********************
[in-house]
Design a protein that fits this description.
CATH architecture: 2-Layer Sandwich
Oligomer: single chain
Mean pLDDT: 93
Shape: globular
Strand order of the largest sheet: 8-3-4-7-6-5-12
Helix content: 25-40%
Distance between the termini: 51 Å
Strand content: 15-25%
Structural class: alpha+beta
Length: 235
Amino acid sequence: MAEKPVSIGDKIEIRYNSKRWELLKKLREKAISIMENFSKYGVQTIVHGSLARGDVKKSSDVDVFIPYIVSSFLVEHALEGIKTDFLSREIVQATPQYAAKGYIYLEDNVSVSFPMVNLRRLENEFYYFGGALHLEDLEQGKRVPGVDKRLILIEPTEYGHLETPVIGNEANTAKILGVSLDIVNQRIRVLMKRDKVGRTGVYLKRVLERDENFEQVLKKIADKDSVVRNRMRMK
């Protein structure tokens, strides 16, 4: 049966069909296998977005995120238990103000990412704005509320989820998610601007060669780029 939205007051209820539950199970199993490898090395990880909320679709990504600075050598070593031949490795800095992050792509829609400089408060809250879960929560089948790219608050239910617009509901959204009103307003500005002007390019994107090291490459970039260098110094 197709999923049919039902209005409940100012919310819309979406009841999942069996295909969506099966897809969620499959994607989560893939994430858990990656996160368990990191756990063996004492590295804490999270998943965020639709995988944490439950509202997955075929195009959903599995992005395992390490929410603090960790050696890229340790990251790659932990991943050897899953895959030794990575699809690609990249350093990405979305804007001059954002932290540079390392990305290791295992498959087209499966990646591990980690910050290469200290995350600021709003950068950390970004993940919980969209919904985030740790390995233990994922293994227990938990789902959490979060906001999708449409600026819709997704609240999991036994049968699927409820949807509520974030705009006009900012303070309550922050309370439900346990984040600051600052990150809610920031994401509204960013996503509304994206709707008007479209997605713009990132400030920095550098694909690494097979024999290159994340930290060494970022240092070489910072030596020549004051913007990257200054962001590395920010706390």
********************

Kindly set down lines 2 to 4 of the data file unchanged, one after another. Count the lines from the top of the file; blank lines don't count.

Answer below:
Design a protein that fits this description.
CATH architecture: 2-Layer Sandwich
Oligomer: single chain